A local citizen, Bill Batson, recently organized a get-together in Washington C.H. for his former shipmates who all served together as Navy Base Police at Guantanamo Bay.
Although Batson grew up locally and continues to live locally, the other four shipmates who were able to attend came from different states. According to Batson, Timm Cyrus lives in Lancaster, California, Bill Dimon lives in Birmingham, Alabama, Gordon Pensyl lives in Bangor, Pennsylvania and Jim Shaw lives in Madison, Mississippi.
Shaw, according to Batson, works in a position that is involved with nuclear power plants and is relocated every couple of years—Madison will be his most recent move where he will soon be closing on a house later this month—his first owned home.
A sixth shipmate whom Batson wanted to be involved was Walter T. Jezak who lived in Fall River, Massachusetts. Jezak passed away in 2017.
According to Batson, he and his shipmates were in and out of service at different times but at one point their service overlapped. Basically, the timeframe of their service at Guantanamo was 1971 to 1972.
“We decided to do this and it all came together,” Batson explained. “We planned it around the guy (Cyrus) from Los Angeles (county), because he had a trip to Louisville planned for the same week.”
The plan, according to Batson, was for Cyrus to rent a car, drive to Washington C.H. from Louisville and spend the day with his shipmates.
Batson was asked to explain in his own words what being base police meant.
“We were the law enforcement on the base,” he explained. “You couldn’t go off the base because it was Cuba—barbed wires and mine fields. We were basically police officers.”
“Crime was low with it being a military base,” he said. “Guantanamo is a training center where the fleet comes down, the ship comes down, they go out and train out in the Caribbean, then come back in to get resupplied.”
“When they come into port, they let them off the ship and there’s not a whole lot to do,” said Batson. “They could drink. Beer was a quarter, mixed drinks were 35 cents. There were a lot of fights. We did have traffic violations, some domestic problems. As far as bad crime, there wasn’t any.”
Batson, as well as his visiting shipmates, referred to those “fights” as “riots.” This was in part due to the amount of people who got involved during the riots.
“They’ve been out to sea for weeks and months, they need to blow off some steam,” he said. “We had to pick up the losers (of the fights).”
“Back then the population of the base was around 12,000” said Batson. “So, it was about the size of Washington Court House, because we’re sitting around 14,000 (population) right now.”
“I can’t speak for the other guys,” said Batson, “but when I joined the Navy they sent me to San Diego to ship-fitter school, that’s where you repair ships, welding, plumbing, sheet metal for three months. Then I went to damage control school and that’s firefighting on the ship—that was another couple months training. I figured they’d put me on a boat and send me to Vietnam because it’s West Coast and feeds into Pacific. Then you get orders—Cuba.”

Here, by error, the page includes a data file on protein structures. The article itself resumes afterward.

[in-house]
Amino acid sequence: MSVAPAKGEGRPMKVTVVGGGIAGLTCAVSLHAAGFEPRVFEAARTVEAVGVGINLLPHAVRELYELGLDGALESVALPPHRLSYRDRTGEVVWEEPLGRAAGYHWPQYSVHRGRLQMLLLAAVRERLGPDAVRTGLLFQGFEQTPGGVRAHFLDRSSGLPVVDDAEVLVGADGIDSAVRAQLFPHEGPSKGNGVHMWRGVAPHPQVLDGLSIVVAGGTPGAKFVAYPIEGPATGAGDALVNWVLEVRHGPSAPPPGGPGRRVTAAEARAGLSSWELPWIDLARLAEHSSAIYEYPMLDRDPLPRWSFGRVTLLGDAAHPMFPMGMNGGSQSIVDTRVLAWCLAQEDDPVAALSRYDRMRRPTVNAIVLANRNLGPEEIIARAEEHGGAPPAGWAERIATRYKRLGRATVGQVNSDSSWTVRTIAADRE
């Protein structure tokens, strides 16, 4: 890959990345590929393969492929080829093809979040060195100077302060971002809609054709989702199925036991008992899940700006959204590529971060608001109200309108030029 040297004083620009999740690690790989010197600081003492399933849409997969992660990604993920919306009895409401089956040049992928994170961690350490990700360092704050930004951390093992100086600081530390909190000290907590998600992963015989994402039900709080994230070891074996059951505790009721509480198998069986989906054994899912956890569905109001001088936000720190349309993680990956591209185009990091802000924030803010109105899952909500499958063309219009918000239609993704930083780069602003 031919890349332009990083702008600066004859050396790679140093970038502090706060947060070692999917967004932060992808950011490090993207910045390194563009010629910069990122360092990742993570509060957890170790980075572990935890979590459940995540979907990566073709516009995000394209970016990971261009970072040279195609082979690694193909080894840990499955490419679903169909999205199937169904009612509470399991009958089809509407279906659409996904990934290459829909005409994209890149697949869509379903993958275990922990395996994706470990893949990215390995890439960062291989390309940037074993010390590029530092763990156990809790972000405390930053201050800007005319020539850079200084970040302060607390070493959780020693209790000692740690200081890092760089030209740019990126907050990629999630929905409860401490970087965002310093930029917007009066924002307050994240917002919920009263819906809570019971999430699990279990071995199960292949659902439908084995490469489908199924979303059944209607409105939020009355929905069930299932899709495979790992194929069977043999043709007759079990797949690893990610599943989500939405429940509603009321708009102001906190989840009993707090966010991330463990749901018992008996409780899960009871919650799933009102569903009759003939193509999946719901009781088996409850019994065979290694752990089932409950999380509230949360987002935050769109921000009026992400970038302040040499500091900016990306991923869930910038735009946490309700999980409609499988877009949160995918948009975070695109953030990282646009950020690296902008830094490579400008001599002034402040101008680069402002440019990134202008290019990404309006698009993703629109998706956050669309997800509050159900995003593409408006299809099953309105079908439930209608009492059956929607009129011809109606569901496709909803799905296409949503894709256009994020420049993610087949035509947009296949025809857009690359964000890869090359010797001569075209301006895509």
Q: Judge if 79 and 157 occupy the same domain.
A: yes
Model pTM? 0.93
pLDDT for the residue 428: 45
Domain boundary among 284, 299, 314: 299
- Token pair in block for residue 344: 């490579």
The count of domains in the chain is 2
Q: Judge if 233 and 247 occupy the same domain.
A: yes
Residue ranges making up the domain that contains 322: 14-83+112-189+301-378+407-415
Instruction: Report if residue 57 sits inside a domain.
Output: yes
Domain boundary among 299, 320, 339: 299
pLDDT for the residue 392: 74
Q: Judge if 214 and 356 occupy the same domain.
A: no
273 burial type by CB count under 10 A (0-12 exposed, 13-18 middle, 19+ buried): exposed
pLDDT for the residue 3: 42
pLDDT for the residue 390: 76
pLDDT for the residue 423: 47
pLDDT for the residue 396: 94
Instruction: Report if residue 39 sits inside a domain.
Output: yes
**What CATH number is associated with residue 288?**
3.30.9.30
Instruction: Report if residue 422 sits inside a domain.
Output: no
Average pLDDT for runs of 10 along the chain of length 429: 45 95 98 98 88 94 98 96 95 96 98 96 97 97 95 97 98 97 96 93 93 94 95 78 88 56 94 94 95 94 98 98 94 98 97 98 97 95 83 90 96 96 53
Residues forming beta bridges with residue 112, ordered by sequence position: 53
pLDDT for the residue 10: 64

“None of us expected that,” he explained. “I asked the guy how we ended up in Cuba when we were out in California and he said they take one company and put them going to Vietnam, then the next company gets scattered around the world and then the next company goes to ‘nam, and the next gets scattered—we got scattered.”
Batson got to go home for a couple of weeks, then “hopped on a plane in Norfolk, flew down to Cuba, got off the plane and they said, ‘you, you and you—you’re on base police.’ I told them I hadn’t been trained for that, and they said they would train me.”
“So, I never did repair ships, and I never fought fires on a ship or anything like that,” he said. “I had the opportunity to train a drug dog, but I turned it down because I would have had to sign up for six more years. They’ll spend the time and money to train you, but you have to sign up for more time.”
Since his shipmates were traveling from other states to his gathering, Batson had a sign made at “The Print Shop,” 1020 Leesburg Ave. in Washington C.H., in order to place it in his yard. When Batson tried to pay for the sign, the payment was refused.
According to Batson, the shop owner told him, “You served your country, my wife did her part and served her country. The least I can do is my little part and donate the sign.”
During their get-together, the five shipmates reminisced and viewed a slide show of over 200 photos organized by Batson. Each shipmate added several laughs and jokes into their conversations.
Some of the topics discussed were ways in which Guantanamo has changed since they were on the base, although another vet who was at Guantanamo more recently was unable to attend the get-together.
Reach Jennifer Woods at 740-313-0355 or on Twitter @JennMWoods.